Therefore' headache' carries little value unless it is described in detail to ensure proper therapy.
103 people found this helpful

Sir, I feel depression, tension and negativity always. I am unable to get rid of my past incidents. And have some symptoms of insomnia. Sometimes want to commit suicide. There are so many problems in married life. please help.

MD - Psychiatry
Psychiatrist, Chennai
Sir, I feel depression, tension and negativity always. I am unable to get rid of my past incidents. And have some sym...
Suicidal thoughts are indicative of severe depression, kindly consult a psychiatrist immediately .The word depressed is a common everyday word. People might say" i'm depressed" when in fact they mean" i'm fed up because i've had a row, or failed an exam, or lost my job" etc. These ups and downs of life are common and normal. Most people recover quite quickly. With true depression, you have a low mood and other symptoms each day for at least two weeks The common symptoms are (few might be present in a person with depression) Feelings of sadness, tearfulness, emptiness or hopelessness Angry outbursts, irritability or frustration, even over small matters Loss of interest or pleasure in most or all normal activities, such as sex, hobbies or sports Sleep disturbances, including insomnia or sleeping too much Tiredness and lack of energy, so even small tasks take extra effort Changes in appetite — often reduced appetite and weight loss, but increased cravings for food and weight gain in some people Anxiety, agitation or restlessness Slowed thinking, speaking or body movements Feelings of worthlessness or guilt, fixating on past failures or blaming yourself for things that aren't your responsibility Trouble thinking, concentrating, making decisions and remembering things Frequent or recurrent thoughts of death, suicidal thoughts, suicide attempts or suicide Unexplained physical problems, such as back pain or headaches General medical conditions and substances causing depression also needs to be ruled out. Consult a psychiatrist and get evaluated.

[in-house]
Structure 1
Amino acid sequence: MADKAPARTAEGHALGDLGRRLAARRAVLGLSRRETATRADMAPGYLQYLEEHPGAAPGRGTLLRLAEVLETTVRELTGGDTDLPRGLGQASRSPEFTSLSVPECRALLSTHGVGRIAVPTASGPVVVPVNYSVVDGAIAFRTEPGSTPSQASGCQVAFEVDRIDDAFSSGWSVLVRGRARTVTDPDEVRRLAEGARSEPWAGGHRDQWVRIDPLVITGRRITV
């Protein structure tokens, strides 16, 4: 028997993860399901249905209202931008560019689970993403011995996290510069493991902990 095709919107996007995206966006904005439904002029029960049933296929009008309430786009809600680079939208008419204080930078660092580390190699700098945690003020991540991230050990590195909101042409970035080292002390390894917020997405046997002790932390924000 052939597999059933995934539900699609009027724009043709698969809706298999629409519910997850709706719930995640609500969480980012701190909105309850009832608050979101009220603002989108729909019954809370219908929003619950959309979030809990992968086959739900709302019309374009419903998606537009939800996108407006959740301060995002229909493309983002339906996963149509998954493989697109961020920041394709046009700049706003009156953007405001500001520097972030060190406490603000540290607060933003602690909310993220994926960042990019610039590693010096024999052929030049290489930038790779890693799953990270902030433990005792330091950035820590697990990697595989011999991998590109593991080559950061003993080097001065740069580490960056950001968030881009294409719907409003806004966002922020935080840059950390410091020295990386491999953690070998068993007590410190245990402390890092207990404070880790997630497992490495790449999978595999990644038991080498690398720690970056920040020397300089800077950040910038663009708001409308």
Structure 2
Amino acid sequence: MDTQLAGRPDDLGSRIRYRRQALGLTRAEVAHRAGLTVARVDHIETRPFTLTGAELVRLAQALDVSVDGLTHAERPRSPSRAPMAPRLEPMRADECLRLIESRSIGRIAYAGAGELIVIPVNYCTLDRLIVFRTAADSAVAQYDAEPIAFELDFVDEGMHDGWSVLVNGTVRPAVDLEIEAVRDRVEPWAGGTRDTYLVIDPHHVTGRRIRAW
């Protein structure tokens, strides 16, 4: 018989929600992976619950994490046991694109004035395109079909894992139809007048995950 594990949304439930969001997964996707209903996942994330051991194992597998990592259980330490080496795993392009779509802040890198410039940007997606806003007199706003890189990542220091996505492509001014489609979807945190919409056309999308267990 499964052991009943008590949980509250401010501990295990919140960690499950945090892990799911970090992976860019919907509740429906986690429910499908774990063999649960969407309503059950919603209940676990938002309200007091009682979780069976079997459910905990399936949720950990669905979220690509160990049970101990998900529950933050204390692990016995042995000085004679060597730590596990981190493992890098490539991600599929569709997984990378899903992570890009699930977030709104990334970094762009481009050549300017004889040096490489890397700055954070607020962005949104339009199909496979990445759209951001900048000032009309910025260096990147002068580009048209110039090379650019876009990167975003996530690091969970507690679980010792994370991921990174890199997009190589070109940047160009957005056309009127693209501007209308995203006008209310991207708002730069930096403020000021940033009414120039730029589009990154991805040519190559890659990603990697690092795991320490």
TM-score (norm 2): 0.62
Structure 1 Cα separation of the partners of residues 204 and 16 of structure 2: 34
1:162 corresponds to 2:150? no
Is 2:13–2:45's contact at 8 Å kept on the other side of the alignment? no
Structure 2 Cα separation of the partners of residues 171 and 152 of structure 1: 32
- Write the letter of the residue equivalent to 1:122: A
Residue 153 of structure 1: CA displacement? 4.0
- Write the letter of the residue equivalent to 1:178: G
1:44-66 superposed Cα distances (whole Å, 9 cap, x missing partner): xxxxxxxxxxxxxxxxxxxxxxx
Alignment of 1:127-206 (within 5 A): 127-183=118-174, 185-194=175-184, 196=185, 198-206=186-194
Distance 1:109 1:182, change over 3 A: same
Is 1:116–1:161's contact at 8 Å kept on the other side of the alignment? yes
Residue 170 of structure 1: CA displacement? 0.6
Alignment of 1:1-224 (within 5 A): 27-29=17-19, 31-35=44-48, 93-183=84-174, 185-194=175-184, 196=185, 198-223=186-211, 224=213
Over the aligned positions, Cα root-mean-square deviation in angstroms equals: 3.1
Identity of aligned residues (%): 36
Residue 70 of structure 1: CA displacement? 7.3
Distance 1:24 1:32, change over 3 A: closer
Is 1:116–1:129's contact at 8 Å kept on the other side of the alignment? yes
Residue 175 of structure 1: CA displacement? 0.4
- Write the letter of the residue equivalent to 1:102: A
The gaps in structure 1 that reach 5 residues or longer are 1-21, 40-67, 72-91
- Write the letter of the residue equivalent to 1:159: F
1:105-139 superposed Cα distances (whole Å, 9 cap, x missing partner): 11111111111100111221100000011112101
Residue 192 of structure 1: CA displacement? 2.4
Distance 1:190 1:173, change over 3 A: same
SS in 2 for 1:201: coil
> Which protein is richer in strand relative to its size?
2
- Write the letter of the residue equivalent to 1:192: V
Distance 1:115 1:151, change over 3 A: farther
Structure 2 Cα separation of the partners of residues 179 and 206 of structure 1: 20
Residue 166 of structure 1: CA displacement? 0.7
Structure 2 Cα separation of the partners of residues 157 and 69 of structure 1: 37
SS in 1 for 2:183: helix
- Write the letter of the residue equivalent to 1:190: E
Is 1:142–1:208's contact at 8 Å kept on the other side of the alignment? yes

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Severe Epilepsy - How Surgery Can Help?

MBBS, DNB, Fellowship in Neurosurgery
Neurosurgeon, Kolkata
Severe Epilepsy - How Surgery Can Help?

The word epilepsy brings to mind visions of people frothing at the mouth and rolling on the ground. However, epilepsy affects each patient in a different way. This can make it hard to recognize at times. In the more serious cases of epilepsy, an epileptic attack can make a patient injure himself or develop other life threatening conditions. In rare cases, epilepsy can even cause death. Thus it becomes imperative to understand how to deal with epilepsy.

Treatment options for epilepsy can be categorized as medication, surgical procedures and dietary changes.

Medication
Medication for epilepsy is prescribed on the basis of the symptoms presented and the type of epilepsy the patient is suffering from. In most cases, seizures can be controlled with a single type of medication, but in others, the doctor may need to prescribe a combination of medicines to control epilepsy. These forms of medication do have side effects and hence any reactions to the medication must be immediately brought to the doctor's notice. The dosage for epilepsy medication may need to be varied with time. An epileptic patient should never discontinue medication on their own.

Surgery